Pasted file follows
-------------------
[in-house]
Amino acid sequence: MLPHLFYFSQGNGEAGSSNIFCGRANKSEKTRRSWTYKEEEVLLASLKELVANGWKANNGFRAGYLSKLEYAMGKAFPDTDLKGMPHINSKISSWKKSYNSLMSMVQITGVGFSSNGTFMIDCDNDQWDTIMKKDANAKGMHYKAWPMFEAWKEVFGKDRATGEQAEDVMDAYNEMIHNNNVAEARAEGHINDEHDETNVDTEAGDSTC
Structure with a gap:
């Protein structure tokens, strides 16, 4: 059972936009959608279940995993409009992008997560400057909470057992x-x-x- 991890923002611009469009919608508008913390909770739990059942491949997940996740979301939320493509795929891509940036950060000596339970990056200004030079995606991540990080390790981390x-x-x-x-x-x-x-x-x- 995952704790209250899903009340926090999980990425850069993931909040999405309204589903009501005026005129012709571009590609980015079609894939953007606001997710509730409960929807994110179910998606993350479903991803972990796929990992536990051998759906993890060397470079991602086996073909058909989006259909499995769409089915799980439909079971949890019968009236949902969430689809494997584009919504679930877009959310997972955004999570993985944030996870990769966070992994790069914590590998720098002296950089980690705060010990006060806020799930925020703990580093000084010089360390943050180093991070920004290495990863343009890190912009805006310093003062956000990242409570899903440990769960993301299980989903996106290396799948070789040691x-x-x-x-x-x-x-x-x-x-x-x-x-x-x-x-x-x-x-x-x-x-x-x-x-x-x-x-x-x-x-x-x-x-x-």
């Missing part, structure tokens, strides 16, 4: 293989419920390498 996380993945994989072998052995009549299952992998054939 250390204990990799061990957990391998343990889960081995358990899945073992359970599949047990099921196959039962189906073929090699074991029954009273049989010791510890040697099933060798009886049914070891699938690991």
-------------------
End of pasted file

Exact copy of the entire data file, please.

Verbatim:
[in-house]
Amino acid sequence: MLPHLFYFSQGNGEAGSSNIFCGRANKSEKTRRSWTYKEEEVLLASLKELVANGWKANNGFRAGYLSKLEYAMGKAFPDTDLKGMPHINSKISSWKKSYNSLMSMVQITGVGFSSNGTFMIDCDNDQWDTIMKKDANAKGMHYKAWPMFEAWKEVFGKDRATGEQAEDVMDAYNEMIHNNNVAEARAEGHINDEHDETNVDTEAGDSTC
Structure with a gap:
């Protein structure tokens, strides 16, 4: 059972936009959608279940995993409009992008997560400057909470057992x-x-x- 991890923002611009469009919608508008913390909770739990059942491949997940996740979301939320493509795929891509940036950060000596339970990056200004030079995606991540990080390790981390x-x-x-x-x-x-x-x-x- 995952704790209250899903009340926090999980990425850069993931909040999405309204589903009501005026005129012709571009590609980015079609894939953007606001997710509730409960929807994110179910998606993350479903991803972990796929990992536990051998759906993890060397470079991602086996073909058909989006259909499995769409089915799980439909079971949890019968009236949902969430689809494997584009919504679930877009959310997972955004999570993985944030996870990769966070992994790069914590590998720098002296950089980690705060010990006060806020799930925020703990580093000084010089360390943050180093991070920004290495990863343009890190912009805006310093003062956000990242409570899903440990769960993301299980989903996106290396799948070789040691x-x-x-x-x-x-x-x-x-x-x-x-x-x-x-x-x-x-x-x-x-x-x-x-x-x-x-x-x-x-x-x-x-x-x-």
């Missing part, structure tokens, strides 16, 4: 293989419920390498 996380993945994989072998052995009549299952992998054939 250390204990990799061990957990391998343990889960081995358990899945073992359970599949047990099921196959039962189906073929090699074991029954009273049989010791510890040697099933060798009886049914070891699938690991």